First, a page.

Posted by: Jack Henry | August 2, 2018

Editor’s Corner: Rambling to the Toll House

Dear readers,

Years ago, we went over different terms for freeways, highways, and roads. Since then, I received a few new things on these topics from different sources. I thought you might be interested in these tidbits. First, from our coworker Andi:

“Toll roads, especially near the East Coast, are often called turnpikes; the term turnpike originated from pikes, which were long sticks that blocked passage until the fare was paid and the pike turned at a toll house (or toll booth in current terminology).”

Hmm. Now I’m thinking of Nestle® TOLL HOUSE® chocolate chip cookies. What’s up with tolls and chocolate chips? Let’s figure that out, and then tomorrow I will provide you with part two of my trip “on the road again.”

From Wikipedia:

The Toll House Inn of Whitman, Massachusetts, was established in 1930 by Kenneth and Ruth Graves Wakefield. Toll House chocolate chip cookies are named after the inn.

Contrary to its name and the sign, which still stands despite the building burning down in 1984, the place was never a toll house and it was built in 1817, not 1709. The "toll house" and the "1709" was a marketing strategy.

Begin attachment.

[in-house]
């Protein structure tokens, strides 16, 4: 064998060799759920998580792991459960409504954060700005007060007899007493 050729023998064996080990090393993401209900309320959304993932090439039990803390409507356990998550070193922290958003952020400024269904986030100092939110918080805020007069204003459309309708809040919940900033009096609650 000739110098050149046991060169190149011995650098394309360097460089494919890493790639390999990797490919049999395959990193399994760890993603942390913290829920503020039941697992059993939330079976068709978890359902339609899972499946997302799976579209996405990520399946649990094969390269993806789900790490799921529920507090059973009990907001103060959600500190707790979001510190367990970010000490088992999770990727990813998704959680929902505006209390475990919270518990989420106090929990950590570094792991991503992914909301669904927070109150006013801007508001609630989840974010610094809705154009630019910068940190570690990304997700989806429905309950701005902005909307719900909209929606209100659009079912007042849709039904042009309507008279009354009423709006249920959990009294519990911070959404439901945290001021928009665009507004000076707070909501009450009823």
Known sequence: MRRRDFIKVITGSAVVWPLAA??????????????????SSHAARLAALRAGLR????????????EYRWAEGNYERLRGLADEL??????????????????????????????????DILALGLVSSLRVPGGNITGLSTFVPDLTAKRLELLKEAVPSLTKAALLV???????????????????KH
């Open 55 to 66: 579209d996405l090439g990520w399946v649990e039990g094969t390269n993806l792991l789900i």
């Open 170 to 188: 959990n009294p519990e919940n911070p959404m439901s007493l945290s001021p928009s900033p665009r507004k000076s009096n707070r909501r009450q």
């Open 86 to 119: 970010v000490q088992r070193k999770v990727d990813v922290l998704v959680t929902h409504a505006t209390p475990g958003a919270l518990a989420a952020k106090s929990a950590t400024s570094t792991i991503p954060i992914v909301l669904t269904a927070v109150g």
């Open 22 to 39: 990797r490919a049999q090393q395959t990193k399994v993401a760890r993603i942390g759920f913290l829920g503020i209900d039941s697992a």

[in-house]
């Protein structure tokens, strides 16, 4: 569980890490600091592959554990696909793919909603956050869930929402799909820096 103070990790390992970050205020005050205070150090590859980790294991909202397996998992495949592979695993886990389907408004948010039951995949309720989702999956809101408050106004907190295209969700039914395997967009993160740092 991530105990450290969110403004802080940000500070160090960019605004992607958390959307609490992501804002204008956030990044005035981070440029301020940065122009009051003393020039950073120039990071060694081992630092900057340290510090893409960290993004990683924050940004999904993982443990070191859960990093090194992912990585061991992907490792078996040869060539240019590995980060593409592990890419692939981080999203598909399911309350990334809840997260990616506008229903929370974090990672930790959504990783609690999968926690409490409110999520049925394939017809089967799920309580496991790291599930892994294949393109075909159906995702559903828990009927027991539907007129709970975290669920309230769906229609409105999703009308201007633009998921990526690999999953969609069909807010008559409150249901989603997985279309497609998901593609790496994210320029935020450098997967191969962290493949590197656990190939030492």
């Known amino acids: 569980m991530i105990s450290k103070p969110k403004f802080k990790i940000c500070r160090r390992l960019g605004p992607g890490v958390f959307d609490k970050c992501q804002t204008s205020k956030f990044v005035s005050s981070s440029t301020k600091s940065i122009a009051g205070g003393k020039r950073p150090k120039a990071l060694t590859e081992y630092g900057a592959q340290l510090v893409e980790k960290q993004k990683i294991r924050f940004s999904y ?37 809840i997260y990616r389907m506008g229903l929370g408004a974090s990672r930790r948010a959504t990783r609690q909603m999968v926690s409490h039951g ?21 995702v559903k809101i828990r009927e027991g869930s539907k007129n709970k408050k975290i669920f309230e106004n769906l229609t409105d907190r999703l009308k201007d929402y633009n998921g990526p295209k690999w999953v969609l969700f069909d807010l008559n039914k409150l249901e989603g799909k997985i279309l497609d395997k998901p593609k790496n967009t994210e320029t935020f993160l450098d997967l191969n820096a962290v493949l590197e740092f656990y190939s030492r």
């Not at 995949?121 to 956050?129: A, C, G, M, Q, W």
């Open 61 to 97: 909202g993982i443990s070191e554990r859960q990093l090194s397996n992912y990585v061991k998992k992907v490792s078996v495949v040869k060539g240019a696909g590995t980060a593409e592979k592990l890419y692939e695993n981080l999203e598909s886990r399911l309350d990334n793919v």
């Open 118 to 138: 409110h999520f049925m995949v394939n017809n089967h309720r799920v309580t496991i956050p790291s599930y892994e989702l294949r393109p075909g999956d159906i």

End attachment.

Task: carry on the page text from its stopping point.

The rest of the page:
Ruth Wakefield cooked all the food served and soon gained local fame for her desserts. In 1936, while adapting her butter drop dough cookie recipe, she became the inventor of the first chocolate chip cookie using a bar of semi-sweet chocolate made by Nestlé. The new dessert soon became very popular. Wakefield contacted Nestlé and they struck a deal: The company would print her recipe on the cover of all their semi-sweet chocolate bars, and she would get a lifetime supply of chocolate. Nestlé began marketing chocolate chips to be used especially for cookies.Wakefield wrote a cookbook, Toll House Tried and True Recipes, that went through 39 printings starting in 1940.

Wakefield died in 1977, and the Toll House Inn burned down from a fire that started in the kitchen on New Year’s Eve 1984.The inn was not rebuilt. The site, at 362 Bedford Street, is marked with a historical marker…. Although there are many manufacturers of chocolate chips today, Nestlé still publishes the recipe on the back of each package of Toll House Morsels.

Kara Church

Technical Editor, Advisory

Symitar Documentation Services

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